A Special Friday Quick Hits and Varia

Today is an important Friday for two reasons.  It’s Good Friday in the Orthodox Church and it’s Anzac Day in Australia, New Zealand, and a few other South Pacific countries.  I’ll write about Holy Week tomorrow and Anzac Day at the end of the blog.

First some quick hits:

Anzac Day commemorates the role of the Australian and New Zealand Army Corps in the difficult and bloody Gallipoli Campaign of 1915.  The Australian War Memorial site has a nice web site explaining the ceremonies and commemorative aspects of the observance.  Cities and towns in Australia often hold ceremonies commemorating the exact moment of the Gallipoli landing (in Brisbane this was 04:28 (AEST); for photographs). Among the more interesting things is that the Gallipoli campaign forged a special relationship between Australia, New Zealand, and Turkey.  As early as 1934, Ataturk reassured Australians and New Zealanders with words now inscribed on the several monuments both at Gallipoli and elsewhere:

“Those heroes who shed their blood and lost their lives, you are now lying in the soil of a friendly country. Therefore rest in peace. There is no difference between the Johnnies and the Mehmets to us where they lie side by side in this country of ours. You, the mothers who sent their sons from far away countries wipe away your tears, your sons are now lying in our bosoms and are in peace. After having lost their lives on this land they become our sons as well.”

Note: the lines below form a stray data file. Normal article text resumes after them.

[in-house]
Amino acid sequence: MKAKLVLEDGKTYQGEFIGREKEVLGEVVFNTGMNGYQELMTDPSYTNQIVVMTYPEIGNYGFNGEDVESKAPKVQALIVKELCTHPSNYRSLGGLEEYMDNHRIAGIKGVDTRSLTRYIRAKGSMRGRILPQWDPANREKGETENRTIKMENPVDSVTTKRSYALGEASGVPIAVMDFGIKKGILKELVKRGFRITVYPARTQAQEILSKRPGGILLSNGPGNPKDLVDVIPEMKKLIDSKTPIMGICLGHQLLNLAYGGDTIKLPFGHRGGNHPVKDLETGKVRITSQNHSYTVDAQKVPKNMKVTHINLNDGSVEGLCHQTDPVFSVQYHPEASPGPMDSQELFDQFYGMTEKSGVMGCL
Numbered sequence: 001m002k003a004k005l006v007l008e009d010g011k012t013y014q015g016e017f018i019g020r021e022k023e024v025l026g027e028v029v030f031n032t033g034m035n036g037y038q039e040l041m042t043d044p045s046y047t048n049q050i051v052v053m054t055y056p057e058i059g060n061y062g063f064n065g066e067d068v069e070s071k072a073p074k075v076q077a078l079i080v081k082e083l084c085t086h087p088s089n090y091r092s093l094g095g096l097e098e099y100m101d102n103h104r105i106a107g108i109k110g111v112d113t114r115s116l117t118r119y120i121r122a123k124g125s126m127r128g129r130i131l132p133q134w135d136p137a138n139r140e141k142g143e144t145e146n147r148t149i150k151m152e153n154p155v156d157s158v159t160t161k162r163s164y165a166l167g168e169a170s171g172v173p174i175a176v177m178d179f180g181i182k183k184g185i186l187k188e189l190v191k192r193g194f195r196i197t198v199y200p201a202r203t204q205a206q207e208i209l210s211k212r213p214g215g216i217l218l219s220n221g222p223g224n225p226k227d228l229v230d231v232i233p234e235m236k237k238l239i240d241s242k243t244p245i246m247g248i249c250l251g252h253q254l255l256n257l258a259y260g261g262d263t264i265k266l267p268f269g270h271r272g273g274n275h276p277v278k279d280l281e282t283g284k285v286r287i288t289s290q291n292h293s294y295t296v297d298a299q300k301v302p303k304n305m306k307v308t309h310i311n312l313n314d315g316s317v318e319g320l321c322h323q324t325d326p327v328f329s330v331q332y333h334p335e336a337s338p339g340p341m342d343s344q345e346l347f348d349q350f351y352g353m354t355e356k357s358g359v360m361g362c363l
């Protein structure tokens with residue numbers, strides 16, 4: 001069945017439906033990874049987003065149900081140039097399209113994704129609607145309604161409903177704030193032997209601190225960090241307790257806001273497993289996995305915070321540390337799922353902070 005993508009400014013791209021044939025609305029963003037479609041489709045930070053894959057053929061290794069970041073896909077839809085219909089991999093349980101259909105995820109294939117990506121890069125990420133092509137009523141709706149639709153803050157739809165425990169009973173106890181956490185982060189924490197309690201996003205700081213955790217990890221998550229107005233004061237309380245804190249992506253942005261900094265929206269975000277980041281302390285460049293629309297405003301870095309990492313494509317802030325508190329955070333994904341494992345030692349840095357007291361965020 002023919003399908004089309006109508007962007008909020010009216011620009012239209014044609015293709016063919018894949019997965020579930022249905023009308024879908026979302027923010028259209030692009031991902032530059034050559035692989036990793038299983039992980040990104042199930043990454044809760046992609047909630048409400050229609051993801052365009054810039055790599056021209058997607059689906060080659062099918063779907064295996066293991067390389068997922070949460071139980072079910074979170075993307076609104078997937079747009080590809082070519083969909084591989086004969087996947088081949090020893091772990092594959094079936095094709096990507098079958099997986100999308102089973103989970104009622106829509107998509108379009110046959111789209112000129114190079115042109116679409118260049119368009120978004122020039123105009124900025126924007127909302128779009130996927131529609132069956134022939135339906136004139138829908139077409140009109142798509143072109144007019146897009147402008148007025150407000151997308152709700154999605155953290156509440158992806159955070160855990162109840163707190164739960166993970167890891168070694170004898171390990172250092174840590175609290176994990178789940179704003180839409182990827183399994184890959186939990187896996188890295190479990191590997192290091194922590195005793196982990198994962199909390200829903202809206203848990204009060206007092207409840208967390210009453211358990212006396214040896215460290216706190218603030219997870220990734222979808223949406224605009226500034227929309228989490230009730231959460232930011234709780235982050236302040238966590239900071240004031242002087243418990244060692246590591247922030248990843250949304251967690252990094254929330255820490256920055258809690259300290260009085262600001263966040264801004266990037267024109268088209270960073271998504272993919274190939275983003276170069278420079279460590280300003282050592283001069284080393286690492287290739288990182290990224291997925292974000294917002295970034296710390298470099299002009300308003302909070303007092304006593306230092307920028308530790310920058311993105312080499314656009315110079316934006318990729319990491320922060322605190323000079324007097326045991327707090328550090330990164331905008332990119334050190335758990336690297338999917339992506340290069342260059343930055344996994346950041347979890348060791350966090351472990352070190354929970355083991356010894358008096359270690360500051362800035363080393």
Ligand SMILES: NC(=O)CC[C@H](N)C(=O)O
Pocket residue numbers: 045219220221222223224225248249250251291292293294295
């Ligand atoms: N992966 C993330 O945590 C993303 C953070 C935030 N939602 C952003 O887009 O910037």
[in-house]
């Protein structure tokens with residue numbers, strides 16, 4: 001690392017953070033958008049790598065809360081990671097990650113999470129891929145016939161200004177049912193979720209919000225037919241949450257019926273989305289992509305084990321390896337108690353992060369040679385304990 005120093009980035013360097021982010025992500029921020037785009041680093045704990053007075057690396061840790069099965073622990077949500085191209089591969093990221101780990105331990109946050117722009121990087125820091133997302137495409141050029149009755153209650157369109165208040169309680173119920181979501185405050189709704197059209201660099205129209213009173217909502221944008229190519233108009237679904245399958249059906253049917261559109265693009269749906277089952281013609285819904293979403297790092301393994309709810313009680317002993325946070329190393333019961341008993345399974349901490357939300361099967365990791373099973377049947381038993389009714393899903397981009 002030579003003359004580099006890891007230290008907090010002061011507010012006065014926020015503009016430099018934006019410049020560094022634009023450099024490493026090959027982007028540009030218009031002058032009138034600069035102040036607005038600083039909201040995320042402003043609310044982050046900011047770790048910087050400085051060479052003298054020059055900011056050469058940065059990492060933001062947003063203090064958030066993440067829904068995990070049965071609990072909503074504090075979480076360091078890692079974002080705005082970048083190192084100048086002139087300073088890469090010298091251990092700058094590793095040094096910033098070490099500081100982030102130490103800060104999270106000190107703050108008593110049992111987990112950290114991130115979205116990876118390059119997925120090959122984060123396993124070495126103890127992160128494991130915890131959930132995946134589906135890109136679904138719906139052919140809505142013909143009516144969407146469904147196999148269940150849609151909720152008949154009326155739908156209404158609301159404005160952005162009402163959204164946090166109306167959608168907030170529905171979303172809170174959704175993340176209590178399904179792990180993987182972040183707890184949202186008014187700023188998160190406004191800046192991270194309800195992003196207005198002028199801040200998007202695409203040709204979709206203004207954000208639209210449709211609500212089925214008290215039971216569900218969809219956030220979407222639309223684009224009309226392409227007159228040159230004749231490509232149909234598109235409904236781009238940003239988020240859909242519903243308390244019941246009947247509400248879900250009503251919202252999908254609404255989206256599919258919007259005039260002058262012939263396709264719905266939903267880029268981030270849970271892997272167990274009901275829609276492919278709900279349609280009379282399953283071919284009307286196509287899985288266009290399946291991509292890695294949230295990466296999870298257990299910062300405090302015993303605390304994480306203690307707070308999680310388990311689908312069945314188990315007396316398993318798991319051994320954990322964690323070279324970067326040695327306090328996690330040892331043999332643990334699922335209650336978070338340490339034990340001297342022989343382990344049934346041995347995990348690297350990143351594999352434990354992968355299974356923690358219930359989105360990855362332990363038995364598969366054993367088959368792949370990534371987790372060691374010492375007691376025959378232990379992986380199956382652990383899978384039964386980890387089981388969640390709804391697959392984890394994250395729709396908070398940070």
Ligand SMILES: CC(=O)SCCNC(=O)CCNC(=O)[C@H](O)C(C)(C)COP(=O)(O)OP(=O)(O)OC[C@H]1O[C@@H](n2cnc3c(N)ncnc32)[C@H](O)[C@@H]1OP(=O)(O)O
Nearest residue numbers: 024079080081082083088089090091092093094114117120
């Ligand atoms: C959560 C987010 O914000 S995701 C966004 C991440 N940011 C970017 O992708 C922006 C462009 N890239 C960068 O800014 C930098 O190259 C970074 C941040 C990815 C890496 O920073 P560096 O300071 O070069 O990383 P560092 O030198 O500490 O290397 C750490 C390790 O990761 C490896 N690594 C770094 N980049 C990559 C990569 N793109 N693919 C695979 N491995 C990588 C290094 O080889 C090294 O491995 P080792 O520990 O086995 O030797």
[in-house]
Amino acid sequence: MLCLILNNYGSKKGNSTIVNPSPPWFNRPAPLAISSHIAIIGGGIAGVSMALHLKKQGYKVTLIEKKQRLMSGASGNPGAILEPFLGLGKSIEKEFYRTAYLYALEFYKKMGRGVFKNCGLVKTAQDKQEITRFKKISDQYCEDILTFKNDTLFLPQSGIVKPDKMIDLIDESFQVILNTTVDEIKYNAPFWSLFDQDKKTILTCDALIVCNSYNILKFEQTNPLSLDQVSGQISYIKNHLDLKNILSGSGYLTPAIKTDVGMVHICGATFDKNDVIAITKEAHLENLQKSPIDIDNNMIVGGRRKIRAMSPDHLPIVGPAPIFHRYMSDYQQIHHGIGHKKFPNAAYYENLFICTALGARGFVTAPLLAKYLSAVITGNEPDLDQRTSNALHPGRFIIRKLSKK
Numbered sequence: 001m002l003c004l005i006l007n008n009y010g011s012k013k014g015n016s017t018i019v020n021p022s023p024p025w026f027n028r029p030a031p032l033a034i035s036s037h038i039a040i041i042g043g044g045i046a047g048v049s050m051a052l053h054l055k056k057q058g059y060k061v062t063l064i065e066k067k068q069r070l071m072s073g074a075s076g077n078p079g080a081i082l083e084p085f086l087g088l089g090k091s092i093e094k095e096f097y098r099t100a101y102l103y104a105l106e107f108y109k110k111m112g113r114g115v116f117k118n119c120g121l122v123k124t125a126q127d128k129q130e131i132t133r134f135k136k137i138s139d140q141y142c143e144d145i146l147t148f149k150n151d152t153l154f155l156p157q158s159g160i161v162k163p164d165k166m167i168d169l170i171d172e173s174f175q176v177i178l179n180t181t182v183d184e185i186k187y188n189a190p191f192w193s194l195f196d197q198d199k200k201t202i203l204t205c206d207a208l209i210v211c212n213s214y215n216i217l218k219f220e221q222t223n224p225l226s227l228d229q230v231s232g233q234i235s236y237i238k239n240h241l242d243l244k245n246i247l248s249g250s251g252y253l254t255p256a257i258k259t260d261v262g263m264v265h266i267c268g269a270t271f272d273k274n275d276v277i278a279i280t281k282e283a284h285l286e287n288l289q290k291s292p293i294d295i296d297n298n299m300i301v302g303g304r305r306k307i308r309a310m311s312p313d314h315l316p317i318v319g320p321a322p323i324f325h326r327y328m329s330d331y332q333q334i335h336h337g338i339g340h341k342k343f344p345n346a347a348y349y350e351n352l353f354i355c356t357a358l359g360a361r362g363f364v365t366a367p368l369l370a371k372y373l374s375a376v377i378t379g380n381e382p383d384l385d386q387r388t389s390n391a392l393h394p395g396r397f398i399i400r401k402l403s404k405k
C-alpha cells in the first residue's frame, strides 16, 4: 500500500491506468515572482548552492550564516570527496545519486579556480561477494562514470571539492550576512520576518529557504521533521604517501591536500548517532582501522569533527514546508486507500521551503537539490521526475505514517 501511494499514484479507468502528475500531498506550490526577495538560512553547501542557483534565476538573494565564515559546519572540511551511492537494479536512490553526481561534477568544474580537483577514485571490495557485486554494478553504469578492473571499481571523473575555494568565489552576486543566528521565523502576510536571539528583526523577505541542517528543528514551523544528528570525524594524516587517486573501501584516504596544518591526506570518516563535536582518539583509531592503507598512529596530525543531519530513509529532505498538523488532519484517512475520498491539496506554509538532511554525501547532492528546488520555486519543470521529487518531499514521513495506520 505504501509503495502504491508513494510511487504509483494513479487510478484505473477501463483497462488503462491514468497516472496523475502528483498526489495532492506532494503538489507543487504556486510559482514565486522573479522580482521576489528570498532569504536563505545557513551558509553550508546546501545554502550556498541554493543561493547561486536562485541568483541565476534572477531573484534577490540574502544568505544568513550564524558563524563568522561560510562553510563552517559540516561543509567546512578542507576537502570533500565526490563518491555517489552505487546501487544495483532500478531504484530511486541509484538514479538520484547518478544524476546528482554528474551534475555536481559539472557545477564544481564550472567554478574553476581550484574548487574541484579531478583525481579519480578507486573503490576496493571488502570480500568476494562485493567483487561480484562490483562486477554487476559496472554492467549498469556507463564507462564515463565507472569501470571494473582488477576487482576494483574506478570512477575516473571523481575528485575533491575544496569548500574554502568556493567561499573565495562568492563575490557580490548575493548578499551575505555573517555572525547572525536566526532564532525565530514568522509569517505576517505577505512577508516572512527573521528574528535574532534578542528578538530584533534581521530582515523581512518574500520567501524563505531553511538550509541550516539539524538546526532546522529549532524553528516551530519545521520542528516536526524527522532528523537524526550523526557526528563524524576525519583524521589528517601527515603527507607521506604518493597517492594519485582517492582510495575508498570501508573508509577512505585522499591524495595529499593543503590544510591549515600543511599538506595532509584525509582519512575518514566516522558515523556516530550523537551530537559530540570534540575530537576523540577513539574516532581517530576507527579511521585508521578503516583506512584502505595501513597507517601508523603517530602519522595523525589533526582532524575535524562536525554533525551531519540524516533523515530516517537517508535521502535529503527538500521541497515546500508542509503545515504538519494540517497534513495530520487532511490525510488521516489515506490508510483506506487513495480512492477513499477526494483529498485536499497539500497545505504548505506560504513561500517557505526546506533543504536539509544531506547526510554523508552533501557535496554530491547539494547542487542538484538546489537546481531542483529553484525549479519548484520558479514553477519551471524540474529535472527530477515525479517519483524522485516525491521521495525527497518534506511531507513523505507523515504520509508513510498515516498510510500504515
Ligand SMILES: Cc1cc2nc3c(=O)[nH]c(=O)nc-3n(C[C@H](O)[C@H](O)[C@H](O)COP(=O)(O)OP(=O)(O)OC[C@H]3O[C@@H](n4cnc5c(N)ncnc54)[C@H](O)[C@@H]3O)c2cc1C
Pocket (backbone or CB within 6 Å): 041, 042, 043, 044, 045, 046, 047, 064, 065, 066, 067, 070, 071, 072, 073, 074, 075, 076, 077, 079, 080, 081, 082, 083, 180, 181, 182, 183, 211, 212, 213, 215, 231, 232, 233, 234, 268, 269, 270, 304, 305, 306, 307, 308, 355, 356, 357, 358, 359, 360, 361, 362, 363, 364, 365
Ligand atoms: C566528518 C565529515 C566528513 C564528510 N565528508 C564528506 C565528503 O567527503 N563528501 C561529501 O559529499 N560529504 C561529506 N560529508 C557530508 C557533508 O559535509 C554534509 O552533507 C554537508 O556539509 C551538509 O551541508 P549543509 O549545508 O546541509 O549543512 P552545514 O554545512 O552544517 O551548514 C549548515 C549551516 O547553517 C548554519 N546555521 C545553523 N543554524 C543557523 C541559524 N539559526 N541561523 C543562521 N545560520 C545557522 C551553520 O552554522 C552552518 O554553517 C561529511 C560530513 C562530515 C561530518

Another important part of Anzac day are Anzac Biscuits.  According to the story, Anzac Biscuits use Golden Syrup rather than eggs as a bonding agent so that the sweet treats would survive the long journey from Australia to Europe.  My wife and mother-in-law sent me a tin and in a faint way, re-performed the actions of families during World War I who sent biscuits to their loved ones serving in Europe.  A very tasty way to be made to feel part of an Australian family!

Anzac Biscuits

Advertisements
  1. April 25, 2008 at 3:55 am

    For members of the British School at Athens at Gallipoli see http://bsahistory.blogspot.com/2008/04/gallipoli-remembering-lives-lost.html

  1. No trackbacks yet.

Leave a Reply

Fill in your details below or click an icon to log in:

WordPress.com Logo

You are commenting using your WordPress.com account. Log Out / Change )

Twitter picture

You are commenting using your Twitter account. Log Out / Change )

Facebook photo

You are commenting using your Facebook account. Log Out / Change )

Google+ photo

You are commenting using your Google+ account. Log Out / Change )

Connecting to %s

%d bloggers like this: